To me, bread pudding is a classic comfort food dessert. My mother made it often, and each time she did, she would tell me that hers was never as delectable as was her mother’s sister, Bulah’s. Mama would compare her feelings for Aunt Bulah’s bread pudding, to those of someone who’d gone off to college and missed the taste of their mother’s cooking back home. She would tell me that whenever she went to New Orleans, where Aunt Bulah owned and operated her own, neighborhood grocery store, bread pudding was the first thing that she requested. Whenever I make bread pudding, or eat someone else’s, I think of Aunt Bulah, and how Mama mourned the taste of her aunt’s pudding.
I also think of the little dresses that Aunt Bulah had a well-known, local seamstress make for me while we were vising one Holiday season. It was my birthday and Christmas—my birthday is four days before Christmas—and there was no snow in New Orleans, to play in. I remember pouting and fidgeting during my sittings and not being pleased at all…to be honest, I remember being quite disgusted with the whole thing. I had just turned four, and the dresses were Birthday gifts for me. To make matters worse, Aunt Bulah gave me an engraved flatware set for Christmas—not the toys I had envisioned. My saving grace was the “big” Christmas gift that my parents had waiting for me when we returned.
Back at home, my father met us at the train station, grinning like a cat. My “big” surprise turned out to be a newly painted bedroom, a new canopy bed, and a little girl’s vanity table. I remember crying like a broken faucet. In my mind, it was the worst birthday and Christmas ever…no stuffed dolls, or crayons and coloring books, or play tea sets.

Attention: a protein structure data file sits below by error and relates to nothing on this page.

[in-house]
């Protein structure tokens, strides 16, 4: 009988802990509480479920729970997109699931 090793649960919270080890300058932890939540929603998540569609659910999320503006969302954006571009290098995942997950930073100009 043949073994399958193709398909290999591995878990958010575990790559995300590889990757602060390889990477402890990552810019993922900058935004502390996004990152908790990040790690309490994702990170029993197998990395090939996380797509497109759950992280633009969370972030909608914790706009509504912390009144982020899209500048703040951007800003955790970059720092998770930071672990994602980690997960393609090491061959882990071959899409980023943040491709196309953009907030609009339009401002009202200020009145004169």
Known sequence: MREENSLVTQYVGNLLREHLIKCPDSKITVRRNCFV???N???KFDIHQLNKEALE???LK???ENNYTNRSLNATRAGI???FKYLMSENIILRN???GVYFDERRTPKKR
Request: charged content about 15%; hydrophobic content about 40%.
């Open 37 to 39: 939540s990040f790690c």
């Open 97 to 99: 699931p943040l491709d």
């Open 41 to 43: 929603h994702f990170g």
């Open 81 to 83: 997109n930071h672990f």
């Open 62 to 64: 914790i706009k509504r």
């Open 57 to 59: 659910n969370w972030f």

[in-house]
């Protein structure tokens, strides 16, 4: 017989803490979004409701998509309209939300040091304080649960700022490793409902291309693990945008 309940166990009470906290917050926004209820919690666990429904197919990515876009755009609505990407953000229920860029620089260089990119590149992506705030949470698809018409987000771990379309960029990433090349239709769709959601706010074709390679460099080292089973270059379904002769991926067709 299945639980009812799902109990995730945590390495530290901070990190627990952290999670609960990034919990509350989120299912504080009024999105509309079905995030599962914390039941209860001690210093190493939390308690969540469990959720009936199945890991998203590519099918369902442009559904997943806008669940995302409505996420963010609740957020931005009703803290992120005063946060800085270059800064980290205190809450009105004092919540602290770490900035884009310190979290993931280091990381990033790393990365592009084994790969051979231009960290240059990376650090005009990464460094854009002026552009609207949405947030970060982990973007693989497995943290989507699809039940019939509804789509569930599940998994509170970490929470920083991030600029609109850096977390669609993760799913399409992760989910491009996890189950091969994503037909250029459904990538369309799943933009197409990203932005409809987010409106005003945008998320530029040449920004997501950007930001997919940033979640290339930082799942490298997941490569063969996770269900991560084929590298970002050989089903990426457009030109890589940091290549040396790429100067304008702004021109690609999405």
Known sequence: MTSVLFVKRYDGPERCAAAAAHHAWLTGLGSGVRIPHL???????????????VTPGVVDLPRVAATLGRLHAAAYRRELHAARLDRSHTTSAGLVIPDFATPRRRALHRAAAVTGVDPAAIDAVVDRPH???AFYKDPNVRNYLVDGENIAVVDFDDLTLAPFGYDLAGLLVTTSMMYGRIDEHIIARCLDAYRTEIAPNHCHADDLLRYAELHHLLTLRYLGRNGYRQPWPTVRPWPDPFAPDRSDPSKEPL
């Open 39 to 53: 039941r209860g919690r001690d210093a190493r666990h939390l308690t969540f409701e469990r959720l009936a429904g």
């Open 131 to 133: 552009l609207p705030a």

For some reason, the smell and taste of bread pudding always whisks me back to my childhood. I sure hope my parents and aunt, know that I think of them and their love often. I hope when they’re sitting back, reminiscing about their lives here on earth, the memory of a little child pouting because she didn’t get the toys, or the Holiday snow that she had wanted, is as funny to them, as it is to me.
I wonder too, how many of us are still pouting, still overlooking the sweet things that people do to show us their love, like…shoveling the snow, mowing the lawn, washing the car, cleaning it out, fixing a leaky faucet, oiling a squeaky door, carrying in the groceries, sitting with us when we’re sick, making the decisions we’d rather not make….
For The Chocolate Bread Pudding
1 (1-pound) day-old French, Challah, or Italian bread, crusts removed and cut into ½- inch cubes
1 cup coarsely chopped walnuts
¼ cup (1/2 stick) unsalted butter, melted and cooled
3 cups half-and-half
1 cup heavy cream
1-½ teaspoons ground cinnamon
3 large eggs, at room temperature
7 large egg yolks, at room temperature
1 cup granulated sugar
1 cup packed light brown sugar
¼ cup good quality cocoa powder
½ teaspoon salt
1 tablespoon vanilla extract
8 ounces of good quality semi-sweet chocolate, coarsely grated